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This statement is true, for any $N_0 \geq 5$. My question lies in how to formally prove this. My professor is very strict about proof structure. This week, the homework mainly had to do with mathematical induction. Can this be proven using mathematical induction? If not, can someone lead me in the right direction on how to format this proof?

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Here is an argument I find cute: $2^n=\sum_{i=0}^n\binom{n}i>\binom{n}1+\binom{n}2+\binom{n}{n-2}=n^2$, where the inequality follows from the fact that $2<n-2$, which is true for $n\ge 5$. – Andrés E. Caicedo Oct 9 '12 at 4:41
up vote 0 down vote accepted

== For $\,n=5:\;\;\;2^5=32>25=5^2\,$

== Assume the claim's true (this is the inductive hypotheses =I.H.) for $\,n\geq 5\,$ ,then:

$$2^{n+1}=2\cdot 2^n\stackrel{\text{I.H.}}>2n^2>(n+1)^2$$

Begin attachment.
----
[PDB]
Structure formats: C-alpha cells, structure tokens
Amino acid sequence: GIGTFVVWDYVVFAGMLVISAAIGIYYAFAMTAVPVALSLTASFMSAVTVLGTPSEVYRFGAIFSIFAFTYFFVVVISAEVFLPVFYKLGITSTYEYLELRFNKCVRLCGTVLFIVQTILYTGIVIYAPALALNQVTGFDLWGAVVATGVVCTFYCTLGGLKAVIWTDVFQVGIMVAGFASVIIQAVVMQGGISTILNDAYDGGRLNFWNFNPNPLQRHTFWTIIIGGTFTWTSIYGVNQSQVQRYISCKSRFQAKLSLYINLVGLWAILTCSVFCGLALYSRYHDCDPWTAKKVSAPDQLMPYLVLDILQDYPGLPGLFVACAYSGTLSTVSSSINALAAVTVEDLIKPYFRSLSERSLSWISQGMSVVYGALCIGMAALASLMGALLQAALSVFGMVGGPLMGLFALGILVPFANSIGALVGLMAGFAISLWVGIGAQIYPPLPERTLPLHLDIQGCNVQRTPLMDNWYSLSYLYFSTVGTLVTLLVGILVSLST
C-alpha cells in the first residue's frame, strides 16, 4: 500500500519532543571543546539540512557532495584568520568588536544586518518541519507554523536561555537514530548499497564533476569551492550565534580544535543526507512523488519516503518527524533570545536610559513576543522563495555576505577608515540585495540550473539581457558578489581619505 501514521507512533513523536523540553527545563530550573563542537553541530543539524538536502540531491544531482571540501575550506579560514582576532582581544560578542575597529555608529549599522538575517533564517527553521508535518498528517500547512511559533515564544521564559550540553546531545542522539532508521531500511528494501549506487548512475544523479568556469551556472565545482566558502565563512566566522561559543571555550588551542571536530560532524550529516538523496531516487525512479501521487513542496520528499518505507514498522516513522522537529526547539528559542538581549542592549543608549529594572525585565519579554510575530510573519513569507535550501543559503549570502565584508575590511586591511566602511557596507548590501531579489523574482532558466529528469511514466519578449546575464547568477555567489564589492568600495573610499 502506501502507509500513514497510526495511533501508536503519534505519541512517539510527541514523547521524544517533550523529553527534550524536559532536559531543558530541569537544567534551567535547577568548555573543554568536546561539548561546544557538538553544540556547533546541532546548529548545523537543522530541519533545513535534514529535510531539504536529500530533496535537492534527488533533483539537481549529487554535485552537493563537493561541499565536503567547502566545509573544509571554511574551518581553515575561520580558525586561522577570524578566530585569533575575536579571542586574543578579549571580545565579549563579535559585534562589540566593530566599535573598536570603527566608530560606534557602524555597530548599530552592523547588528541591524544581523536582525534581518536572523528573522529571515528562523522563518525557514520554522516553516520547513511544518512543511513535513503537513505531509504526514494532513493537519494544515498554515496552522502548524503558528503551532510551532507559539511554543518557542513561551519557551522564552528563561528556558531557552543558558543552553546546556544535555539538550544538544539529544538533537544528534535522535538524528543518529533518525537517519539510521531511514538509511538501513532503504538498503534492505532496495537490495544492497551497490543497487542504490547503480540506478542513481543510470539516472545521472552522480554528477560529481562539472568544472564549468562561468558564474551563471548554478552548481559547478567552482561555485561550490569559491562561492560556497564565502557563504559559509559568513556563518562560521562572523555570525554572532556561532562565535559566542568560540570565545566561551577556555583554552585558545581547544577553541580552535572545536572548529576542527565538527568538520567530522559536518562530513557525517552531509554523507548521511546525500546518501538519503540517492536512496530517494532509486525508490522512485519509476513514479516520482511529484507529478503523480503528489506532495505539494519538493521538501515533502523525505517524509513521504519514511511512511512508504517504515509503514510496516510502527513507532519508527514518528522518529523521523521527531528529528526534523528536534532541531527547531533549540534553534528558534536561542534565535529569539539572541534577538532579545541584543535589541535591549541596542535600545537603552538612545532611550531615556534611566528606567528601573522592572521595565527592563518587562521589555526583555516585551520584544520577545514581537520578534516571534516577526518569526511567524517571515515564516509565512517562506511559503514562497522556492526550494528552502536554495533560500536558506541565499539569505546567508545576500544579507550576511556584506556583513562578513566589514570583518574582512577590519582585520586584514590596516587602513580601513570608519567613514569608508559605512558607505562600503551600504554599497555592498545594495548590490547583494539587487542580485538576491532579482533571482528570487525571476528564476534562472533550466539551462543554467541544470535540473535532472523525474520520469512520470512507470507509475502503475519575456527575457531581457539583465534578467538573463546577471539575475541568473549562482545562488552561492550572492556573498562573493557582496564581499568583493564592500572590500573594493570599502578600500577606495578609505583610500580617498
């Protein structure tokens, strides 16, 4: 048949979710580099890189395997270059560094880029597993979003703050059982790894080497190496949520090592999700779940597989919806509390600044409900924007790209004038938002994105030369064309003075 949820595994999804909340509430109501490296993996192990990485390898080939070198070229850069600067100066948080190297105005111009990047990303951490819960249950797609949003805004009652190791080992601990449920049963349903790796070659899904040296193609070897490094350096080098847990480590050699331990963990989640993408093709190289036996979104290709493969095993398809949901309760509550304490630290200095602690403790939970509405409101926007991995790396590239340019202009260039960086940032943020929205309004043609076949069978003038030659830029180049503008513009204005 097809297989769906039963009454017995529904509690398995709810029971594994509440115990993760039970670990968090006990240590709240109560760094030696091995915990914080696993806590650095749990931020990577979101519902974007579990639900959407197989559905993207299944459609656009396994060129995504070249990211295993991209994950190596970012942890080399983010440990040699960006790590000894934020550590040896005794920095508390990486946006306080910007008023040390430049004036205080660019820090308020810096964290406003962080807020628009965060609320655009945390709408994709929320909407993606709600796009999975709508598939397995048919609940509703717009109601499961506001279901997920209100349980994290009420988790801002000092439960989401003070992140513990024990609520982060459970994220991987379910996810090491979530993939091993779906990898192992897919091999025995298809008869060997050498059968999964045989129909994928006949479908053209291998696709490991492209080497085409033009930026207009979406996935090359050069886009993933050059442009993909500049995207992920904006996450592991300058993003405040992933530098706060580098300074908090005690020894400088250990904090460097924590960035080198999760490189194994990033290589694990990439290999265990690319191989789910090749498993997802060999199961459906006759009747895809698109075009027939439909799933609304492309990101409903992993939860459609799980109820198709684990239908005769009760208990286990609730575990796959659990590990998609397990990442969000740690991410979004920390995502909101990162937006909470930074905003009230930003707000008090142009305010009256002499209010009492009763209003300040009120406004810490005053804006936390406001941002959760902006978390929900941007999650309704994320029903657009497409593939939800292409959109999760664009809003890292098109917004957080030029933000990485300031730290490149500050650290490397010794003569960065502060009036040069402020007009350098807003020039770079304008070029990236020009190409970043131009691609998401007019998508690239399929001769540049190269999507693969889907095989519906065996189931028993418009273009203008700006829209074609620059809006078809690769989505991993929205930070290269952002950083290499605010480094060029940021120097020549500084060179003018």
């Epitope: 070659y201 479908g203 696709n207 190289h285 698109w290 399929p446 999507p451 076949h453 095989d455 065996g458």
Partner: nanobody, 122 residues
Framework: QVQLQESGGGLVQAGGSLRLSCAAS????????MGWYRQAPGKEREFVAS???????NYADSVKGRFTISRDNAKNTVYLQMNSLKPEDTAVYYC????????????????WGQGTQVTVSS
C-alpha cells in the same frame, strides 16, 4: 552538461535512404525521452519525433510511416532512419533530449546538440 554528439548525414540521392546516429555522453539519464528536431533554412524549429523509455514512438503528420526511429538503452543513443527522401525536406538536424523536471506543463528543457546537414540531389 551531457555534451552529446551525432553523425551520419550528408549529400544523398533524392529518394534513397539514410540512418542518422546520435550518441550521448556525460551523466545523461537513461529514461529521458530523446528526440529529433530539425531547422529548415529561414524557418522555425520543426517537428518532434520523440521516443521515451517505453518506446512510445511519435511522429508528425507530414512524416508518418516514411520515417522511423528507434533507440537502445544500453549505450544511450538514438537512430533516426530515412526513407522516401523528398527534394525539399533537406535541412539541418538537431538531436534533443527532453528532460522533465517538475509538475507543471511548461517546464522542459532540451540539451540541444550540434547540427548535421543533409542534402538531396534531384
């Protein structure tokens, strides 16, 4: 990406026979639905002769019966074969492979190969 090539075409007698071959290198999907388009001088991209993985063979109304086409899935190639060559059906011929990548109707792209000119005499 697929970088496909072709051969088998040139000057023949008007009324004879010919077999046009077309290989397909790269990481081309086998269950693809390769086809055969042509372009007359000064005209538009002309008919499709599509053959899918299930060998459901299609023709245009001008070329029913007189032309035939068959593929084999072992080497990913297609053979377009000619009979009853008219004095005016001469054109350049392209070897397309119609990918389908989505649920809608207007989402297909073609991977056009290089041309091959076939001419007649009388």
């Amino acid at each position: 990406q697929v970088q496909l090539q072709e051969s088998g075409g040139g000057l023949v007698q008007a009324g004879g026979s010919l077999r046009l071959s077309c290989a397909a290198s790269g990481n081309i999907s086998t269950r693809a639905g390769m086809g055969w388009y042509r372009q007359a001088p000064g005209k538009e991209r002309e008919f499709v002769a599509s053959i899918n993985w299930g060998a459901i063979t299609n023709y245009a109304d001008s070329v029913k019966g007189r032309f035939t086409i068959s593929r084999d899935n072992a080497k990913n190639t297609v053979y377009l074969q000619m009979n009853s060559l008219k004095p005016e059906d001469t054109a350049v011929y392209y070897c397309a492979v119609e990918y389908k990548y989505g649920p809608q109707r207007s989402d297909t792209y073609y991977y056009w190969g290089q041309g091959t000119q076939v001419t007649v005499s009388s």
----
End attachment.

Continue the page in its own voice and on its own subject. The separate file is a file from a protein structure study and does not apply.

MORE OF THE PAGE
The last inequality on the right being true since

$$2n^2>(n+1)^2=n^2+2n+1\Longleftrightarrow n^2-2n-1>0\Longleftrightarrow$$

$$\Longleftrightarrow \left(n+(1+\sqrt 2)\right)\left(n+(1-\sqrt 2)\right)>0$$

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Well, you concluded that $2^n > n^2$ holds for all $n \geq 5$.

Doesn't this really look like a standard mathematical induction statement?

$P(5)$ is trivial, and $P(n) \Rightarrow P(n+1)$ reduces to showing that $2n^2 >(n+1)^2$...

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@Jean-Sébastien Nope, $2n^2$ is correct... That is what $P(n+1)$ reduces to once you use $P(n)$. – N. S. Oct 9 '12 at 3:27
yeah right, once using $P(n)$! time to sleep – Jean-Sébastien Oct 9 '12 at 4:38

Several inductive proofs have been given, so I will give a non-inductive one, just for fun. Perhaps your prof prefers a calculus based proof. $\log$ is order preserving, so $$2^n > n^2 \iff n\log(2) > 2\log(n) \iff \frac{\log(2)}{2} > \frac{\log(n)}{n}$$ Differentiating $f(x) = \frac{\log(x)}{x}$ gives $$f^{\prime}(x) = \frac{1-\log(x)}{x^2}$$ which is easily seen to have a maximum at $x = e$. Therefore it is strictly decreasing for $x\ge 3$. So as soon as you find some $N\ge 3$ which satisfies the inequality, then all $n>N$ will automatically satisfy the inequality as well. $N=5$ will work.

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